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HOW FOLK CULTURES SURVIVE

April 4, 2013

 

HOW FOLK CULTURES SURVIVE  by Dr. Thaddeus V. Gromada

The Tatra Eagle, Vol. 66, No.1, 2013

One of Poland’s eminent ethnographers, Roman Reinfuss, has put forward  a provocative theory that urban civilization does not by itself cause the extinction of folk cultures. But rather the inferiority complex of village folk vis a vis urban culture  is the actual culprit.   He insists that wherever a folk group has a positive self image and highly values its culture, it can co-exist  and even flourish taking advantage of urban culture’s amenities.  To support his theory he points to the Tatra highlander (góral) folk culture in Podhale, Poland ,  which not only  continues to exist but has moved into a new phase of development.

The “górale” according to him, have a  high self image and are very proud and attached to their folk culture.  No doubt, this positive attitude is due in part , to the myth that Polish elites have created  in the late 19th and early 20th century which lionized and idealized them and which has been  reinforced by more recent accolades from Pope John Paul II and the popular philosopher Rev. Józef Tischner.  The Pope’s famous comment made in the summer of 1997 in Zakopane to a multitude  of 350, 000, that “that I can always depend on you”. (Na Was można zawsze liczyć), will never be forgotten.  Reinfuss’s evidence of the vitality of góral folk culture and its tradition focuses on the following areas:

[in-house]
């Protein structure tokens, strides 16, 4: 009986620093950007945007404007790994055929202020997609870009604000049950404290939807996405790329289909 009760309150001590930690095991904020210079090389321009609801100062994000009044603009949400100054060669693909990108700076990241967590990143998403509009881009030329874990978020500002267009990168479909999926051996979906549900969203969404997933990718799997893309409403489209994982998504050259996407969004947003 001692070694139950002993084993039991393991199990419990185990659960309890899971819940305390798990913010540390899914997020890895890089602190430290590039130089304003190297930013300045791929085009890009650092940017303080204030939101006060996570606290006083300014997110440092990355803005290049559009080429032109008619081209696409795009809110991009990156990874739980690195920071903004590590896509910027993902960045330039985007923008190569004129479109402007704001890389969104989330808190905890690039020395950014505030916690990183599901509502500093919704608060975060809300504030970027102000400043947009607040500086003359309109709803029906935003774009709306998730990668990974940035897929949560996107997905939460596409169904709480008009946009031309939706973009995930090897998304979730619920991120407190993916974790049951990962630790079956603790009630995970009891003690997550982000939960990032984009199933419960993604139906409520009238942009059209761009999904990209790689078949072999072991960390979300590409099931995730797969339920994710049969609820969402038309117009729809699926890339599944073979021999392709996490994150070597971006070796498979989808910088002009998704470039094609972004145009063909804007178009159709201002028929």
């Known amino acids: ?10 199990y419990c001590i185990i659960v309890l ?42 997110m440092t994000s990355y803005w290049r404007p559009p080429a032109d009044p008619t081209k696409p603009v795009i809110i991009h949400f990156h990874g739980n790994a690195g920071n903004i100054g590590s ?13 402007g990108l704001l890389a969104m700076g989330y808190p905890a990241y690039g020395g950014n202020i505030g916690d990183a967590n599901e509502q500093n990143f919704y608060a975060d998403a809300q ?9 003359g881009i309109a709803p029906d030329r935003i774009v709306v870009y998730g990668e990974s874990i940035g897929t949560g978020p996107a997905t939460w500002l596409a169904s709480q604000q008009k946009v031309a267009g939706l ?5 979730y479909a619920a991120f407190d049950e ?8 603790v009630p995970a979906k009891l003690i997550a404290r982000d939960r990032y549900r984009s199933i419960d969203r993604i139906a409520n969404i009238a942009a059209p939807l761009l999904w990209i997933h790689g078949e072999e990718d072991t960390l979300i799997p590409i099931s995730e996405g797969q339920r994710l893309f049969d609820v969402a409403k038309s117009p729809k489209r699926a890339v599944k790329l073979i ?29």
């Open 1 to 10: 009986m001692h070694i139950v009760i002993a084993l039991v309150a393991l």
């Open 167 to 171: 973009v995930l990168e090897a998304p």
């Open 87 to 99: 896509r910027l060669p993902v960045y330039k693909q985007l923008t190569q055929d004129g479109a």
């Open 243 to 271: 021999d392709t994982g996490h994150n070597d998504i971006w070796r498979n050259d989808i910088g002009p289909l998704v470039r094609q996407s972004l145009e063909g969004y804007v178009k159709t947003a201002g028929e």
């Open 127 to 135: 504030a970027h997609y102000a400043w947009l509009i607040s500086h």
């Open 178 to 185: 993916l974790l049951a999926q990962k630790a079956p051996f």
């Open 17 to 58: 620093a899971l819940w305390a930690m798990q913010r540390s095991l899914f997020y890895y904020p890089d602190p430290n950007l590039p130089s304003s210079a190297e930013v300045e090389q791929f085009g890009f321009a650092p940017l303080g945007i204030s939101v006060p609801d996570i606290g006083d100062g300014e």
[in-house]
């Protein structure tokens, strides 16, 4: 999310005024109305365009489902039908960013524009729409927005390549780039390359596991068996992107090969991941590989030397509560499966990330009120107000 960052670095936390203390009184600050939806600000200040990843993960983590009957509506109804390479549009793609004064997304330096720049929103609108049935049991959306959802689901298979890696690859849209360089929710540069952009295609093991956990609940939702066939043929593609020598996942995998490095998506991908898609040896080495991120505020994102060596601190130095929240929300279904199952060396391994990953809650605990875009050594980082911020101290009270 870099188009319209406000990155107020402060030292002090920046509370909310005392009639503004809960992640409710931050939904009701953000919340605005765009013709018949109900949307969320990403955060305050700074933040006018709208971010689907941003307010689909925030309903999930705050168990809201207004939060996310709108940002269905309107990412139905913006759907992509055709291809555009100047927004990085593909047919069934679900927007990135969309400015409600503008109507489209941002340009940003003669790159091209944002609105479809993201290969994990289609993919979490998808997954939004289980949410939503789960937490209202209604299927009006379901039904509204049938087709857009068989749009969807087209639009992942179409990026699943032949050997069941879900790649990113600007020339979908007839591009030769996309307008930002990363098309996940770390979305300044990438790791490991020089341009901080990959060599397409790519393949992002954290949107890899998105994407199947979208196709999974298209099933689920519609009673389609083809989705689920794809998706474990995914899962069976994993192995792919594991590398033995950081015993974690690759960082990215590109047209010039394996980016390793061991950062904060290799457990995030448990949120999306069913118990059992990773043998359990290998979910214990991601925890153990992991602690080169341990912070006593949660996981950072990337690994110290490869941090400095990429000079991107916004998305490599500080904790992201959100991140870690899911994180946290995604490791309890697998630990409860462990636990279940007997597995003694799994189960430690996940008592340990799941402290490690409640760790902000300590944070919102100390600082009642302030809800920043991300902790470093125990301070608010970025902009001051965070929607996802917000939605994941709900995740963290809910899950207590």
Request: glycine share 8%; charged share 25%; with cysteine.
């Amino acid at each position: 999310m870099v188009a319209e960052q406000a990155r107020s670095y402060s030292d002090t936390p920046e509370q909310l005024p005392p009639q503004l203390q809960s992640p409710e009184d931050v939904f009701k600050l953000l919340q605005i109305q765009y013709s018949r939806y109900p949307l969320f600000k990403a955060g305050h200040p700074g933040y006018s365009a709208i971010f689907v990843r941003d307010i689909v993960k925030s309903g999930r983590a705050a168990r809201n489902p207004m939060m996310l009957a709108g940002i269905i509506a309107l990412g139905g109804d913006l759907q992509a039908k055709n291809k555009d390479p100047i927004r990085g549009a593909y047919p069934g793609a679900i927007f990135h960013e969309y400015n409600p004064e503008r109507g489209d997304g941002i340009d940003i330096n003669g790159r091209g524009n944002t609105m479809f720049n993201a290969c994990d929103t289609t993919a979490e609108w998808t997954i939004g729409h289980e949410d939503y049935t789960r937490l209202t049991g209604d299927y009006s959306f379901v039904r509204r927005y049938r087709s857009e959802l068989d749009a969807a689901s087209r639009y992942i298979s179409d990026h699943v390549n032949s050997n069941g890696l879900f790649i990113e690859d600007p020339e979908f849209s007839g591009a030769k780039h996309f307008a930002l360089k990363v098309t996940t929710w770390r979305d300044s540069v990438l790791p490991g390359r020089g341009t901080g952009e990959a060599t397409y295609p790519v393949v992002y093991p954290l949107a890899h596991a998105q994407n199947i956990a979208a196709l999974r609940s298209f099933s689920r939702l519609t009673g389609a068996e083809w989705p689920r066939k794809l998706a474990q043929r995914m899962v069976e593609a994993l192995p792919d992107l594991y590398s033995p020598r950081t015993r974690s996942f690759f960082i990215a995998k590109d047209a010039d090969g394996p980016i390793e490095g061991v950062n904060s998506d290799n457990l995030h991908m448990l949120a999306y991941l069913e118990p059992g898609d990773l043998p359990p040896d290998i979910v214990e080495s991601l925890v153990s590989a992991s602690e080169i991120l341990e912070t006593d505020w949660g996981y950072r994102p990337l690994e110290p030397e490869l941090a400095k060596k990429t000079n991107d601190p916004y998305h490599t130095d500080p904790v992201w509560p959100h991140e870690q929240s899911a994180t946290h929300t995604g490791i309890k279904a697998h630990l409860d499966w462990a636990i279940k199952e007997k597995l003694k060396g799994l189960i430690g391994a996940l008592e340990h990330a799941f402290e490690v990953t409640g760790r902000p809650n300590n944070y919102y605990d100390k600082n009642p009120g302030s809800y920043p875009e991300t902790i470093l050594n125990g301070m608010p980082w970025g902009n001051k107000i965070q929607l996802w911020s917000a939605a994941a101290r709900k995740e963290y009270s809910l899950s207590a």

Strój Ludowy/Folk Attire.  Reinfuss does not deny that urbanization has had its impact on Podhale.  No longer is it common to see górale wearing their traditional attire in everyday life.  But on Sundays, special occasions , religious and national holidays, family celebrations (weddings, christenings, and even funerals) it is a different story.  Suddenly  one will see crowds of górale and góralki proudly wearing their colorful , traditional garments.  If you call them costumes, they will be very offended.  They do not get dressed up in their traditional clothes for the benefit of tourists but rather for their own satisfaction.  The traditional attire is very costly but the highlanders are willing to bear the expense since it makes them feel  good and more honorable and emphasizes their góral identity.  Many are of the opinion that only persons of góral origin should have the privilege of wearing “strój góralski”.

Styl Zakopiański/Góral Architecture.  The houses built in Podhale since the 1950’s are no longer one story chalets built out of logs stripped of their bark that inspired Witkiewicz’s “styl zakopiański”.  Instead two and even three story  brick houses are being built  with interiors equipped with the latest “civilized” comforts.  But like the Japanese the górale were able to  make these improvements  and still retain their traditional architectural style.  The folk  furnishings inside the home are made by góral craftsmen  and the walls are decorated with paintings on glass  by local artists who have revived this traditional art form.